Dilated cardiomyopathy (DCM) is a heart disease caused by pathogenic mechanisms including genetic factors, mechanical stress, intoxication or infection-induced autoimmune response, in contrast to ischemic heart disease (IHD), where cardiac tissue damage is caused by insufficient blood supply. Accumulating evidence indicates that inflammation is the most common cause of DCM development. Inflammation can lead to direct damage to the myocardial tissue or provoke an autoimmune response causing damage to ventricular myocytes or extracellular matrix. Structural alterations of myocardium are largely similar between DCM and IHD patients, but in case of dilated cardiomyopathy patients also suffer from impaired heart vascularization, vasculogenesis and angiogenesis, apparently as the consequence of reduced endothelial cell survival. Currently, the main therapeutic choices for DCM patients include medicinal management of heart failure and reperfusion strategies.
Based on the results of preclinical studies, it seems that patients with non-ischemic heart failure may highly benefit from stem cell therapy. In these patients, bone-marrow stem cells demonstrate significantly higher regenerative potential compared to patients with ischemic heart failure. Moreover, DCM patients may represent a better target population for stem cell therapy due to a higher number of circulating progenitor cells compared to patients with ischemic heart disease.
Studies in animal models suggest that implantation of stem cells improves angiogenesis, arteriogenesis, tissue perfusion and left ventricular function in damaged hearts. Stem cell transplantation in patients with DCM can improve cardiac function by modulating the production of factors responsible for apoptosis of cardiomyocytes and endothelial cells, as well as by promotion of angiogenesis, activation of resident cardiac stem cells or by supplying anti-inflammatory factors. In cases of autoimmune DCM, stem cell transplantation may neutralize circulating autoantibodies by tolerization of autoreactive T and B cells and therefore limiting the over-activated immune response.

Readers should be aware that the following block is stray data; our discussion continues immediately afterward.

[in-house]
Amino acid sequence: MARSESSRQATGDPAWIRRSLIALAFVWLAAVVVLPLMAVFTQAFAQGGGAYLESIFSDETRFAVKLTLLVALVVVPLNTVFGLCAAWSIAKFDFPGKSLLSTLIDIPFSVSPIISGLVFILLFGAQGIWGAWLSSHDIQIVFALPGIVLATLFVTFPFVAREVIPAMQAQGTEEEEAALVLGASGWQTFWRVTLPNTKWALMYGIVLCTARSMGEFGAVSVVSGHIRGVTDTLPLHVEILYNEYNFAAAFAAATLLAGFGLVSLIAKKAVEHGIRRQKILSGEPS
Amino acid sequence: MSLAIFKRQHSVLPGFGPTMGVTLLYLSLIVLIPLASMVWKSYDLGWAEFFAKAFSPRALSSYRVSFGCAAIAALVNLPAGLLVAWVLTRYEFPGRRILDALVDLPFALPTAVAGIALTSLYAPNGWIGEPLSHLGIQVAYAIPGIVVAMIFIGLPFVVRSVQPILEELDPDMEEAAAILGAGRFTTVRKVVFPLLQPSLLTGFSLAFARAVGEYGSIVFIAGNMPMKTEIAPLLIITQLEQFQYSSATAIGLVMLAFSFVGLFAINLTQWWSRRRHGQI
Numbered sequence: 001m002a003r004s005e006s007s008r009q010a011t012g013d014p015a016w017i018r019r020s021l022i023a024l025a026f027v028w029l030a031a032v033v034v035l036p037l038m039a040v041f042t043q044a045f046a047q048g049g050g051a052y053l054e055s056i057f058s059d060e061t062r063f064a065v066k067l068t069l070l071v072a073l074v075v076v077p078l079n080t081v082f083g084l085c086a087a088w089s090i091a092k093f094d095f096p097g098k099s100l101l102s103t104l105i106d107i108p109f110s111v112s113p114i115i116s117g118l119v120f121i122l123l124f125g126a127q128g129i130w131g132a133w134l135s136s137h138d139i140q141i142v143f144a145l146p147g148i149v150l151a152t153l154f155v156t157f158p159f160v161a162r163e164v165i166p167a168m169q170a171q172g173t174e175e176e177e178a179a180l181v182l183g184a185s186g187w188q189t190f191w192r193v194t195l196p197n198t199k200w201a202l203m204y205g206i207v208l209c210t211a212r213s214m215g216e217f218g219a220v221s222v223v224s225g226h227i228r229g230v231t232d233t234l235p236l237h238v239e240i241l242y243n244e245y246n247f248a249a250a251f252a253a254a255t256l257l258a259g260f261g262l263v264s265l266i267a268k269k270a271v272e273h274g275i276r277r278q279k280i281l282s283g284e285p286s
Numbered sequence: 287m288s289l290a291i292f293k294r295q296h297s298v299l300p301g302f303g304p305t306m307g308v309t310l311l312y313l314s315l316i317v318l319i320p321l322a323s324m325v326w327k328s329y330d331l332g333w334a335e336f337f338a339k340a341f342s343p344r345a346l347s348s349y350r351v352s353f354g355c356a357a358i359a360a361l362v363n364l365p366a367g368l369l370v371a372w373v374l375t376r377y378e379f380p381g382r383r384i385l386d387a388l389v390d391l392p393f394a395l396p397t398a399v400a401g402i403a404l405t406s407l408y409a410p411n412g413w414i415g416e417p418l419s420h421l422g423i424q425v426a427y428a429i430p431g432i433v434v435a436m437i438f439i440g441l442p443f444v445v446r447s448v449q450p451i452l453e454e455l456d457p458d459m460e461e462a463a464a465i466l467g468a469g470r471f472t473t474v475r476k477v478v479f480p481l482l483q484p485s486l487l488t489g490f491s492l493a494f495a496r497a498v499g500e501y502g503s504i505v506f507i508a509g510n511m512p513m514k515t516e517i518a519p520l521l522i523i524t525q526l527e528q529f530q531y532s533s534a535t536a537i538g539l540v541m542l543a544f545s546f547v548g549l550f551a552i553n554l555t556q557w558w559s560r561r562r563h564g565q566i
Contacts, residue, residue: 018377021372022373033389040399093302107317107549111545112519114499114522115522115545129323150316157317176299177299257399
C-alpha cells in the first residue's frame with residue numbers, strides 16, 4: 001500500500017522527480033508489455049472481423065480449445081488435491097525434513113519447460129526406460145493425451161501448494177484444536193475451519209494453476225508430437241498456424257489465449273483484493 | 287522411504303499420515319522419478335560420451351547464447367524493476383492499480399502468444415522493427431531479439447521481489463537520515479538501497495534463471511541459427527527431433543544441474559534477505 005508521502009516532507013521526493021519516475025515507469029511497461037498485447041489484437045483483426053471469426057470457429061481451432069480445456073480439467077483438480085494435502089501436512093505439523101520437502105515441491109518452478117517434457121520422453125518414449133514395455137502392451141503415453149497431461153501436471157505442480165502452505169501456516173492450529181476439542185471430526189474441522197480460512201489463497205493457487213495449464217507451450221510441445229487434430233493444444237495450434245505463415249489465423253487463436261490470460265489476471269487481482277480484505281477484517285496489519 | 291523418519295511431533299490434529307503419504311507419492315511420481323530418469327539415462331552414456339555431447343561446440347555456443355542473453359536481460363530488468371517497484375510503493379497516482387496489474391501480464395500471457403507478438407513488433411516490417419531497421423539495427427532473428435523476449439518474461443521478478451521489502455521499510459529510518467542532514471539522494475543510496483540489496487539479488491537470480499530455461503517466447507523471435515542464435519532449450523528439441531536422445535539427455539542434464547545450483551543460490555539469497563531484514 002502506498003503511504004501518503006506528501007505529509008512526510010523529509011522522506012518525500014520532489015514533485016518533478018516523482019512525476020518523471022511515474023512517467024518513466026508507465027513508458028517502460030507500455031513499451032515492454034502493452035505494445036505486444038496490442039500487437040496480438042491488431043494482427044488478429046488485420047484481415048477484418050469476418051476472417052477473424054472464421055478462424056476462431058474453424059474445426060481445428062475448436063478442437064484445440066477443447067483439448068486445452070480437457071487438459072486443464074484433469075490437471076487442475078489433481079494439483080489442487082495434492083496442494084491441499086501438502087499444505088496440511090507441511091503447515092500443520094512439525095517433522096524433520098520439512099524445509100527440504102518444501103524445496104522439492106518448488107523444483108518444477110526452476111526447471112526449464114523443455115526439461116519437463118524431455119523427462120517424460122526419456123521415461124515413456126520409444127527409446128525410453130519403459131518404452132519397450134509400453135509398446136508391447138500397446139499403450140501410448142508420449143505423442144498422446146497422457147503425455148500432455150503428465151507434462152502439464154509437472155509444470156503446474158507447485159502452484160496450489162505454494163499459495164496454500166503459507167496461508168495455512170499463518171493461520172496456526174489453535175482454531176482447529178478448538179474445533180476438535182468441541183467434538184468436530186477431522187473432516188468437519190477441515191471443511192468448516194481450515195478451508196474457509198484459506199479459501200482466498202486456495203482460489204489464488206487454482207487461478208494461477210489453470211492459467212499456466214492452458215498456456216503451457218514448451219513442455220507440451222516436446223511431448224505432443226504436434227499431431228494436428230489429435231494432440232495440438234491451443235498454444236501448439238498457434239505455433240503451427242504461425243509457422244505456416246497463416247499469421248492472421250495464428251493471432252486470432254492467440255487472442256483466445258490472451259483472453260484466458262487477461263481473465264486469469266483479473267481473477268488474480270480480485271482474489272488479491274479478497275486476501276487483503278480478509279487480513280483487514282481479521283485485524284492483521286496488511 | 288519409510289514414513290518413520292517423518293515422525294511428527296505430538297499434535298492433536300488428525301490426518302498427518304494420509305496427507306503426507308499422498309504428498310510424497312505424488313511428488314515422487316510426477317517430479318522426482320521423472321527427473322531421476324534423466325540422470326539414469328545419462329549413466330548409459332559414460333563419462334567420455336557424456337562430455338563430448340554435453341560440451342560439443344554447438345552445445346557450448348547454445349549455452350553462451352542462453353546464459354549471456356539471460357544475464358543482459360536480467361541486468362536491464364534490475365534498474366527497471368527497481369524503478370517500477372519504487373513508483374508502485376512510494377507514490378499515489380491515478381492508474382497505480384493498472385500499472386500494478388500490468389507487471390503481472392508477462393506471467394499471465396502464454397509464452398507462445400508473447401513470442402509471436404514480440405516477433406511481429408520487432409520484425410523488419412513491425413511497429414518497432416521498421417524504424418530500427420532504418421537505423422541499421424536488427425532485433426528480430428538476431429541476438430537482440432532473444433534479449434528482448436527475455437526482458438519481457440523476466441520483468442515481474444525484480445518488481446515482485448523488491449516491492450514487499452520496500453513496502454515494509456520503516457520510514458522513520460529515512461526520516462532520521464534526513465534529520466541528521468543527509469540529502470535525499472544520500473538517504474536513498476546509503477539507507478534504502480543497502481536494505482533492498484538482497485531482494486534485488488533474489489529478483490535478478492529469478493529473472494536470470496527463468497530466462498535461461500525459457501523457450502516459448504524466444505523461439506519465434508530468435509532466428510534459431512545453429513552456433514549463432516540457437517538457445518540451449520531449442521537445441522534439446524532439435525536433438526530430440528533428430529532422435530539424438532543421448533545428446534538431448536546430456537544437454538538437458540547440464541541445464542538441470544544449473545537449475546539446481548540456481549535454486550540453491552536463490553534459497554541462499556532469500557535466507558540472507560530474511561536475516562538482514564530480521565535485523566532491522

To date, a number of clinical trials have investigated the effects of stem cell therapy on dilated cardiomyopathy. Similarly to the treatment of ischemic heart disease, intracoronary, intra-myocardial and endocardial injections are used for cells delivery to the heart. At least two types of stem cells have been tested for their ability to improve cardiac function in DCM patients: bone marrow-derived stem cells (BMSCs) and mesenchymal stem cells (MSCs).
BMSCs are the most well characterized and potentially clinically accepted, as their isolation procedures, delivery to the patient methods, safety and therapeutic efficacy have been evaluated and established in the treatment of hematologic diseases. Accumulated preclinical and clinical data indicate that intra-coronary injection of BMSCs to DCM patients yields the best results when compared to other delivery methods. In addition to the total BMSCs, several fractions of bone marrow-derived stem cells have been clinically tested in relation to cardiac disease therapies, including bone marrow-derived mononuclear cells (BM-MNCs) used mostly for autologous transplantation, CD133+ stem cells and CD34+ hematopoietic progenitor cells. These types of BMSCs proved their safety and feasibility.
Improved cardiac function was obtained in the First-in-Man-ABCD (Autologous Bone Marrow Cells in Dilated Cardiomyopathy) reported in 2006. Additional study aimed to define safety and feasibility of autologous CD34+ hematopoietic progenitor transplantation in pediatric DCM patients. Significant improvement in left ventricular function was achieved in the TOPCARE-DCM trial, where intracoronary infusion of BMSCs was performed for patients with DCM. An extensive clinical trial was carried out with at least 2 year follow up to investigate whether infused autologous BMSCs can improve damaged heart function. These cells were used for treating several heart diseases, such as acute myocardial infarction, ischemic heart disease and DCM. Cell treatment was found to be safe and had beneficial effects on cardiovascular outcomes, including recovery of left ventricular function, and a positive effect on maladaptive hypertrophy of viable myocardium.
MSCs from various sources (bone marrow-derived, umbilical cord-derived, etc.) are also being evaluated for their efficiency in treating DCM. Safety and efficacy of allogeneic versus autologous bone marrow-derived MSCs transplantation have been compared and proved that autologous MSCs do not stimulate immunologic reactions, moreover, favorably affect ventricular remodeling and quality of life. Ixmyelocel-T, a mixture of CD90+ MSCs and monocytes derived from autologous BMSCs, is currently being evaluated in a Phase 2 clinical trial. Treated DCM patients benefit from increased septal thickening resulting in improved clinical outcomes. Another study is currently investigating the safety and efficacy of umbilical cord-derived MSCs in treatment of idiopathic dilated cardiomyopathy in children.
In summary, intracoronary stem cells transplantation in patients with DCM leads to improved ventricular remodeling, improved long-term survival and quality of life.